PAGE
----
Regarding intervention thresholds, OOIDA said it seeks more understanding on why FMCSA is raising the thresholds. “If a carrier has to be worse than 90% of their peers in order for the agency to prioritize them, as proposed for [Driver Fitness and HM Compliance categories], then why is FMCSA using this category at all to assess safety risk?” the group asked.
[Related: Proposed CSA-scores change a mixed bag, particularly for hours of service category]
Focus on recent violations
SMS currently assigns percentiles in the HOS Compliance, Vehicle Maintenance, and Driver Fitness BASICs if the last inspection in the past two years resulted in a violation. Under this standard, a carrier may be prioritized for intervention even if the carrier had no recent violation, FMCSA said.
The agency proposed to sharpen the focus on carriers with more recent violations by assigning percentiles only to carriers that had at least one violation in the safety category in the past 12 months, meaning that if all a carrier's violations in a particular safety category are 12 months or older, the carrier will not be assigned a percentile in that category.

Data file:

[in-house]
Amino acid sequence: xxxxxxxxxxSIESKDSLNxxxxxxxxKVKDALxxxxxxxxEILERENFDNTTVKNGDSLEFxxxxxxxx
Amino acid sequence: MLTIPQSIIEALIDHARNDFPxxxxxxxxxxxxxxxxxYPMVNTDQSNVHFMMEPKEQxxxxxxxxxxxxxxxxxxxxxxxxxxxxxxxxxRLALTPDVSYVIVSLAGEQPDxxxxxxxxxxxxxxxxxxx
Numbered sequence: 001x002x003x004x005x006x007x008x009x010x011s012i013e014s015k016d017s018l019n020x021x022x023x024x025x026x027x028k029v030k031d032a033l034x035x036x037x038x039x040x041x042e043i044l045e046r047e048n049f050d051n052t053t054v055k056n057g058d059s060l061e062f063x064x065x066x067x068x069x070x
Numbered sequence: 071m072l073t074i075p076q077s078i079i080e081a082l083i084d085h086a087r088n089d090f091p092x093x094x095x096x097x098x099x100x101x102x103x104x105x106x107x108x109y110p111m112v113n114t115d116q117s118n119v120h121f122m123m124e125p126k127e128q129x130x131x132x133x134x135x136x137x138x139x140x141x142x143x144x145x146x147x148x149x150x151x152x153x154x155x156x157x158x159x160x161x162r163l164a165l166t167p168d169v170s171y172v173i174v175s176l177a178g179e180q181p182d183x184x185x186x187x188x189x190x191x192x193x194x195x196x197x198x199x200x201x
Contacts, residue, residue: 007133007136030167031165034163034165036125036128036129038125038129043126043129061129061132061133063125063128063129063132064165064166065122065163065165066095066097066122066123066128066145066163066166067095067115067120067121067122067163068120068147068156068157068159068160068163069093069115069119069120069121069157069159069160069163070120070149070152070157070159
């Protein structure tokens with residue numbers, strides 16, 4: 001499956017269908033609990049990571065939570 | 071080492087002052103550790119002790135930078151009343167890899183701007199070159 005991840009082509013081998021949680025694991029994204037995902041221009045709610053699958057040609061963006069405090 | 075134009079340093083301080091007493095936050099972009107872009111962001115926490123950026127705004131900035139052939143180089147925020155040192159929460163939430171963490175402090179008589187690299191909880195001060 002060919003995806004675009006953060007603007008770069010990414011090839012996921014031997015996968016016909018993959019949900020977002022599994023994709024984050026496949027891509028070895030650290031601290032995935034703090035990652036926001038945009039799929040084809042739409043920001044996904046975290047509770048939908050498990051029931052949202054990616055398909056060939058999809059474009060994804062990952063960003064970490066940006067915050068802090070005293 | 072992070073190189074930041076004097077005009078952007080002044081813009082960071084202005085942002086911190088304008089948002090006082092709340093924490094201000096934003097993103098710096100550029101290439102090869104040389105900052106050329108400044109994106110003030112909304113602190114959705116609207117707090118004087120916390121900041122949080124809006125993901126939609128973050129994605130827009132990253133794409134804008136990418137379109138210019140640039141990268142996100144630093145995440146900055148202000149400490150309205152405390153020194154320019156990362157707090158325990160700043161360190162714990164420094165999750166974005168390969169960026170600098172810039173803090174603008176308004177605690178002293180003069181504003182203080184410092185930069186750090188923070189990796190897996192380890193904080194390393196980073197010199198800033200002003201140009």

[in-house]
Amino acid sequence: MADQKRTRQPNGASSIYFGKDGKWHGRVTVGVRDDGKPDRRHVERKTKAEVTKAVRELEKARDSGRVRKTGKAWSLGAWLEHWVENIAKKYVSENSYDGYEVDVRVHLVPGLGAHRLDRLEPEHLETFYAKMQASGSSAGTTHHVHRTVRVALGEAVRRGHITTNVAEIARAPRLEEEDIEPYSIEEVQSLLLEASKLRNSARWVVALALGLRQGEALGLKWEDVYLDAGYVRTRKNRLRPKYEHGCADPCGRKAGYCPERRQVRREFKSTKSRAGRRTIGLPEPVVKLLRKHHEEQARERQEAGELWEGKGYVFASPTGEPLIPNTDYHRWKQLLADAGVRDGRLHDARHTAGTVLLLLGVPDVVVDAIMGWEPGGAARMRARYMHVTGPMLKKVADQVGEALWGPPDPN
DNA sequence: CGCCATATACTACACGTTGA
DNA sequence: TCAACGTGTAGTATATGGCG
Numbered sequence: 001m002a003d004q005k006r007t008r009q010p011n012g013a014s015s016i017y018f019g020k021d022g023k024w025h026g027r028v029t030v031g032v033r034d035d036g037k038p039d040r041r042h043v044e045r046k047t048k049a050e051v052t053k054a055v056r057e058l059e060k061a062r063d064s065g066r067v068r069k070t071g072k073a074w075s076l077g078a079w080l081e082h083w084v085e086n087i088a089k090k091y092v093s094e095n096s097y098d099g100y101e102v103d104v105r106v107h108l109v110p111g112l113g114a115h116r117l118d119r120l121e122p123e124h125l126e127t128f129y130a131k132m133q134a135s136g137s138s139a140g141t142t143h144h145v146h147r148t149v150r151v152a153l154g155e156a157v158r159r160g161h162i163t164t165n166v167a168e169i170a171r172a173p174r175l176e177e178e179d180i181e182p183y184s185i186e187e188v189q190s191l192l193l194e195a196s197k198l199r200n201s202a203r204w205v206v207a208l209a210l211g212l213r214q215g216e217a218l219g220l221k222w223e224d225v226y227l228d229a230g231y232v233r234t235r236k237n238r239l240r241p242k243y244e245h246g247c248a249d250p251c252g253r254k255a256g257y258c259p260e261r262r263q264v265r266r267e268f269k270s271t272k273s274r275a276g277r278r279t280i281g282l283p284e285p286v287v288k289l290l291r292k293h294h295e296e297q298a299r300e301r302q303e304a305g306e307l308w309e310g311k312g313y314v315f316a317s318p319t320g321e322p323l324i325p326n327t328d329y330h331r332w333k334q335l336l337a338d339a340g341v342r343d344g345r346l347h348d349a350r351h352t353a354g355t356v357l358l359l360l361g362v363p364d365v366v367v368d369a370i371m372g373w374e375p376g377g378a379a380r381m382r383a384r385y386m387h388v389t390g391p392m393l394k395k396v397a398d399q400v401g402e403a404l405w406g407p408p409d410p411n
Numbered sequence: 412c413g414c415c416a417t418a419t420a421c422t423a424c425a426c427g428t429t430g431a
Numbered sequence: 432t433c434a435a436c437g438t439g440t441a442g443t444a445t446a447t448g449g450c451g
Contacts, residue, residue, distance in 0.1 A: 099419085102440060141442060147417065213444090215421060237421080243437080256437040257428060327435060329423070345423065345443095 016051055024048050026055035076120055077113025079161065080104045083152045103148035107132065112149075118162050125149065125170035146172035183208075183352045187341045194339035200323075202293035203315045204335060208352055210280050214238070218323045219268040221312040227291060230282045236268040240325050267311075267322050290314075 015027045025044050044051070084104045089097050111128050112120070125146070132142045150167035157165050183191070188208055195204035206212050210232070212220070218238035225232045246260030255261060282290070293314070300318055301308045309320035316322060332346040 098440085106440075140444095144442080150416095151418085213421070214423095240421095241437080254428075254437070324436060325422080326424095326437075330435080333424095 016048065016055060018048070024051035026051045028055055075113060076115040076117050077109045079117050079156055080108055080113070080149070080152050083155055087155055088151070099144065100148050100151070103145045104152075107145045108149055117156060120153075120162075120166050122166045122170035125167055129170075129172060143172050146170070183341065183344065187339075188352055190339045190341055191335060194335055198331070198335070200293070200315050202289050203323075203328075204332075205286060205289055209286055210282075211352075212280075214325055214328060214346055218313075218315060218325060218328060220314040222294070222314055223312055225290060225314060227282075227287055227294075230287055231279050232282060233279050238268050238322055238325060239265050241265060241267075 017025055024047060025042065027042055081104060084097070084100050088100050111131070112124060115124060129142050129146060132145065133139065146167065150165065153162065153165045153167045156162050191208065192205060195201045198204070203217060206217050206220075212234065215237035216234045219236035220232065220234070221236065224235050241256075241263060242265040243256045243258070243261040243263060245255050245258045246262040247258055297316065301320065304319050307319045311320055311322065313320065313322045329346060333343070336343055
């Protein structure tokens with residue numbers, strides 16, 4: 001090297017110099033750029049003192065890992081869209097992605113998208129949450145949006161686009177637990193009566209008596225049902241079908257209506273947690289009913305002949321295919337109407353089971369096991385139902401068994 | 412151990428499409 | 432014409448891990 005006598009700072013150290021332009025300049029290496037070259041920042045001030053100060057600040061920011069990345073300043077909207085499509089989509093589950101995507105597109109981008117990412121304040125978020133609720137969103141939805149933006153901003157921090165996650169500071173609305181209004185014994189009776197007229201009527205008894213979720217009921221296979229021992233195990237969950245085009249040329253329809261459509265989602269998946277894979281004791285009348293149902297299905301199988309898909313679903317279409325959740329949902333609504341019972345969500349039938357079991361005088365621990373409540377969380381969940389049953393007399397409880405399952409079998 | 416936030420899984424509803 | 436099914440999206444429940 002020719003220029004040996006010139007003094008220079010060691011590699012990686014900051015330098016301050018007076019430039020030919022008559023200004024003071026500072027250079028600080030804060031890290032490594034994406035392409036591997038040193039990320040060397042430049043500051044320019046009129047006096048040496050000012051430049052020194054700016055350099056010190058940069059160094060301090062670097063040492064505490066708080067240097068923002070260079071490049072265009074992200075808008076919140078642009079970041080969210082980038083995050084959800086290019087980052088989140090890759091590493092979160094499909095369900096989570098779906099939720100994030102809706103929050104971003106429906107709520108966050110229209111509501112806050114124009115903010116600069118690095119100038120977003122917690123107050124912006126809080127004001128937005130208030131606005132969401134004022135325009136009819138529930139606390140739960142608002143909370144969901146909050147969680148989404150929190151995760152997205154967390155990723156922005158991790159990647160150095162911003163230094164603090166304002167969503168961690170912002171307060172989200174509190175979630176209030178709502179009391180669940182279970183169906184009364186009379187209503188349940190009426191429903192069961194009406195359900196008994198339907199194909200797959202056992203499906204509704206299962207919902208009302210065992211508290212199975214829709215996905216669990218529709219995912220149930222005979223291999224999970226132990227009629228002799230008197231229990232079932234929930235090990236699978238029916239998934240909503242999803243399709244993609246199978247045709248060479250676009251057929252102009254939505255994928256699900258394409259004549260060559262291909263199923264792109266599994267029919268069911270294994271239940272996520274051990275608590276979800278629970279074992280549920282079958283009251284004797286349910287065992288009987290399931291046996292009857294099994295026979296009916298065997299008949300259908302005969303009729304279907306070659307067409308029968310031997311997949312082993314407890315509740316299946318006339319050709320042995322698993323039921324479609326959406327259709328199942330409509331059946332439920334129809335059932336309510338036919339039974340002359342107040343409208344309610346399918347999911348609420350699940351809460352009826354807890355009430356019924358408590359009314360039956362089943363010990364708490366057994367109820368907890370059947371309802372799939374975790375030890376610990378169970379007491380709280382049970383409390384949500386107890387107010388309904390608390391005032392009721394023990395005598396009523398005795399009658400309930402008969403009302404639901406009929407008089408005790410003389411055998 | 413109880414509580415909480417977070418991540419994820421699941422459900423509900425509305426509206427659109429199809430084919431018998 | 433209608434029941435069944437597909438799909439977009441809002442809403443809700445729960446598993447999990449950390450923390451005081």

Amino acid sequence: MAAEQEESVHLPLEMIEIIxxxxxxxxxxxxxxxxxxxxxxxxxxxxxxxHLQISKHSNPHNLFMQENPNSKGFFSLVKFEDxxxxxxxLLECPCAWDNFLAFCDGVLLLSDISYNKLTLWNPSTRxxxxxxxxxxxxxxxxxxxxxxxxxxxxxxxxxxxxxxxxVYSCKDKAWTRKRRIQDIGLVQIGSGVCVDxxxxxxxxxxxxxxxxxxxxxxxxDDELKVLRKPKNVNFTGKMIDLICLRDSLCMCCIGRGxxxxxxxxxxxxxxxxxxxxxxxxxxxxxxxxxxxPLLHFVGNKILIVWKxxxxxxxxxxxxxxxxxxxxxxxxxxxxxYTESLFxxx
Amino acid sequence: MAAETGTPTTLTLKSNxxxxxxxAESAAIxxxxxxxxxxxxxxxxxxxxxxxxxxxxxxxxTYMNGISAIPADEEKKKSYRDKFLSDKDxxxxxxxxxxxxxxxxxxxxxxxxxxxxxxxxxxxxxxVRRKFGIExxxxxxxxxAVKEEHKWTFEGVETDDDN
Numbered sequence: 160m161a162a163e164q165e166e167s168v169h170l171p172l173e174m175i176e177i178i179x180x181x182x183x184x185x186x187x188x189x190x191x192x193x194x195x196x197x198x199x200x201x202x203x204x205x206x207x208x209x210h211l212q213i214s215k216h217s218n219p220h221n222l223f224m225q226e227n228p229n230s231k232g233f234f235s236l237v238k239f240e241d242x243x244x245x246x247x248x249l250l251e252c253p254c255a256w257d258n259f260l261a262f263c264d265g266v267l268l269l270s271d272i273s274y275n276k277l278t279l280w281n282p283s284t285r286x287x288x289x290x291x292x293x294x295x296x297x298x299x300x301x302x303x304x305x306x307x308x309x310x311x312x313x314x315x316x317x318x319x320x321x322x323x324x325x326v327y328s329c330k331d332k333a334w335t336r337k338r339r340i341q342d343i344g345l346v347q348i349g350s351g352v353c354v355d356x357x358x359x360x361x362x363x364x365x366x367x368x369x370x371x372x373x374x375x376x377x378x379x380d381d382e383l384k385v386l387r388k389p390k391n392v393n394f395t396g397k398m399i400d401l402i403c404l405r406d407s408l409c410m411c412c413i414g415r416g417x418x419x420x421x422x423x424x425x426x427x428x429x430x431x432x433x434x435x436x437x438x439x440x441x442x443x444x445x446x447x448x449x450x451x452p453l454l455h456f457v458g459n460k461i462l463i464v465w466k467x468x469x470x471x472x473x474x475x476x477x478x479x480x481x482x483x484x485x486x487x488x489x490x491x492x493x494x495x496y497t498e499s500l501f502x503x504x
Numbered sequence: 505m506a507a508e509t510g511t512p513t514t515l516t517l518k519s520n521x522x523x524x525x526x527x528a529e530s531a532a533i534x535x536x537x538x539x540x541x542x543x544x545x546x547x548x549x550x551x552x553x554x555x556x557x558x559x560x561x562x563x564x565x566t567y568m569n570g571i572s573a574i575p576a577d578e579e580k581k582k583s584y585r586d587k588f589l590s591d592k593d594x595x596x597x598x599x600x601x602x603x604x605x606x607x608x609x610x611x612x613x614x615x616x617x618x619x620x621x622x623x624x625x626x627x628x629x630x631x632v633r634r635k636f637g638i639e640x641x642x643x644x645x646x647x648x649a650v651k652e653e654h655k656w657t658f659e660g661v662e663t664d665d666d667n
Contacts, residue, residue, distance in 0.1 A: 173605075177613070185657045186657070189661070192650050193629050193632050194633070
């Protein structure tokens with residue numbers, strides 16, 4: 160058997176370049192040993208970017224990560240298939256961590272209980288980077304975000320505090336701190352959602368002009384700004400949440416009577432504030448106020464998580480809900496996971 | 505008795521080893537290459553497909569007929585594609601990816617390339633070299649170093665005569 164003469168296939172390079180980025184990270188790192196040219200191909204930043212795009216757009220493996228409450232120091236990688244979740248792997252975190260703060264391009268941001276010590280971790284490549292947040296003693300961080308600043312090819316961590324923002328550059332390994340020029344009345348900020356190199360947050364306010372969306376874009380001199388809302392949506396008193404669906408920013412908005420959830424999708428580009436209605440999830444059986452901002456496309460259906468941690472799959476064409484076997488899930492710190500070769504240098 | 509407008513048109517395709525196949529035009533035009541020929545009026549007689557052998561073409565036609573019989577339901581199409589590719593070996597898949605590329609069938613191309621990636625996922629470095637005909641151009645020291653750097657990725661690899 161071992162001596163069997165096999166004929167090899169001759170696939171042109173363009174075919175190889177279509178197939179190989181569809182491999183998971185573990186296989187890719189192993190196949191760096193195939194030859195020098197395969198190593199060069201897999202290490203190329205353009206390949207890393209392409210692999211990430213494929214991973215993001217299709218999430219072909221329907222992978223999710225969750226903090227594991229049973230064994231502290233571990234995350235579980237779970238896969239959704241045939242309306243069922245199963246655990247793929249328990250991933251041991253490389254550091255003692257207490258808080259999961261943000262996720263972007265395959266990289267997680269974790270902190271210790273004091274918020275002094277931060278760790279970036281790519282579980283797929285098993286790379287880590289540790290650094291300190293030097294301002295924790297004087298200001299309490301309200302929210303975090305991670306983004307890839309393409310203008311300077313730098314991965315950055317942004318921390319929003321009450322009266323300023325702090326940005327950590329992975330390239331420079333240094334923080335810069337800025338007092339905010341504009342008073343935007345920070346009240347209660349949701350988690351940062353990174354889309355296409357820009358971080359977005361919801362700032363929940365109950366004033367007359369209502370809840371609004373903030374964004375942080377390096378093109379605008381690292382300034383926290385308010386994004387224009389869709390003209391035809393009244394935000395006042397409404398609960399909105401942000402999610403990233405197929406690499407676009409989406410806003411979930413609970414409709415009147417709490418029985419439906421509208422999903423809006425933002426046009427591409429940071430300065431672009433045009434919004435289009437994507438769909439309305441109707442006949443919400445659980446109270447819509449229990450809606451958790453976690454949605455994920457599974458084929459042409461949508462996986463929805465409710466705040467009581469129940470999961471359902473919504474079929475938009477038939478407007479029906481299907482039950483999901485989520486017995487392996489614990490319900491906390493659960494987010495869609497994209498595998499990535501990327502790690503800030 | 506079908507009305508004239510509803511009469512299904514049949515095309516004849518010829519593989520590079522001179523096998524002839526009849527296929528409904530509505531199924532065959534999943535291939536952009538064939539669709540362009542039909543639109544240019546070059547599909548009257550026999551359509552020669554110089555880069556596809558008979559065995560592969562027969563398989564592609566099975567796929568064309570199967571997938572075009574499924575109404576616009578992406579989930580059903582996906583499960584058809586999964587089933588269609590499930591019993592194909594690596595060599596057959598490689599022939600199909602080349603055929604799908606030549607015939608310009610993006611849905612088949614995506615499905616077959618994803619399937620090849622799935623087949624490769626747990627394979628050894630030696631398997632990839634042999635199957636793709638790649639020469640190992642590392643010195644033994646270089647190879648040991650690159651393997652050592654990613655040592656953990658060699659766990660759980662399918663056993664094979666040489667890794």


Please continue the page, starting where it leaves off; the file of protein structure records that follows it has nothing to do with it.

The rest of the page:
CVSA said it agreed with the change to focus on more recent violations because “doing so will provide a more accurate assessment of the motor carrier’s current safety performance.”
OOIDA called this a “positive modification,” but noted FMCSA “should emphasize the need for law enforcement personnel to complete clean inspections and swiftly transmit that information. OOIDA members suffer when law enforcement does not upload clean inspections to SMS.”
ATA said its members are also in favor of the change but said it should apply to all safety categories. ATA said it believes this would help identify carriers “who are currently and most recently experiencing violations” as compared to carriers who have taken corrective action and had clean inspections since that time.
On the contrary, the Truck Safety Coalition blasted FMCSA for reducing the focus to just one year.